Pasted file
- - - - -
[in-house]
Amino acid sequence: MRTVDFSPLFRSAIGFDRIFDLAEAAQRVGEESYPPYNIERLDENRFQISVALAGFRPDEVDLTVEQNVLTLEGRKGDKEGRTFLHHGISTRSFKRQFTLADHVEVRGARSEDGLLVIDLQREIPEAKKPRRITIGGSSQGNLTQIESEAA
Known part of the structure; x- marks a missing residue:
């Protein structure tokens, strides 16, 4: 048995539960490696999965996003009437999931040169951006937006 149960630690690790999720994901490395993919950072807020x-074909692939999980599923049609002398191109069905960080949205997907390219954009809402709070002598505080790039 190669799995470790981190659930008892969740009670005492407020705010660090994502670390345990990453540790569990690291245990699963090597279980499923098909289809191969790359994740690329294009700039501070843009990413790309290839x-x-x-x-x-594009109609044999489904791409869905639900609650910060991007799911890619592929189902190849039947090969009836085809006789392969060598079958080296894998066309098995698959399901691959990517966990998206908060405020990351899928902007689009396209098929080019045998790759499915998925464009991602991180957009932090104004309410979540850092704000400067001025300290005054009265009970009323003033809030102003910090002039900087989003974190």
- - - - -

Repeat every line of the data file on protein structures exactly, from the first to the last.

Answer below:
[in-house]
Amino acid sequence: MRTVDFSPLFRSAIGFDRIFDLAEAAQRVGEESYPPYNIERLDENRFQISVALAGFRPDEVDLTVEQNVLTLEGRKGDKEGRTFLHHGISTRSFKRQFTLADHVEVRGARSEDGLLVIDLQREIPEAKKPRRITIGGSSQGNLTQIESEAA
Known part of the structure; x- marks a missing residue:
């Protein structure tokens, strides 16, 4: 048995539960490696999965996003009437999931040169951006937006 149960630690690790999720994901490395993919950072807020x-074909692939999980599923049609002398191109069905960080949205997907390219954009809402709070002598505080790039 190669799995470790981190659930008892969740009670005492407020705010660090994502670390345990990453540790569990690291245990699963090597279980499923098909289809191969790359994740690329294009700039501070843009990413790309290839x-x-x-x-x-594009109609044999489904791409869905639900609650910060991007799911890619592929189902190849039947090969009836085809006789392969060598079958080296894998066309098995698959399901691959990517966990998206908060405020990351899928902007689009396209098929080019045998790759499915998925464009991602991180957009932090104004309410979540850092704000400067001025300290005054009265009970009323003033809030102003910090002039900087989003974190």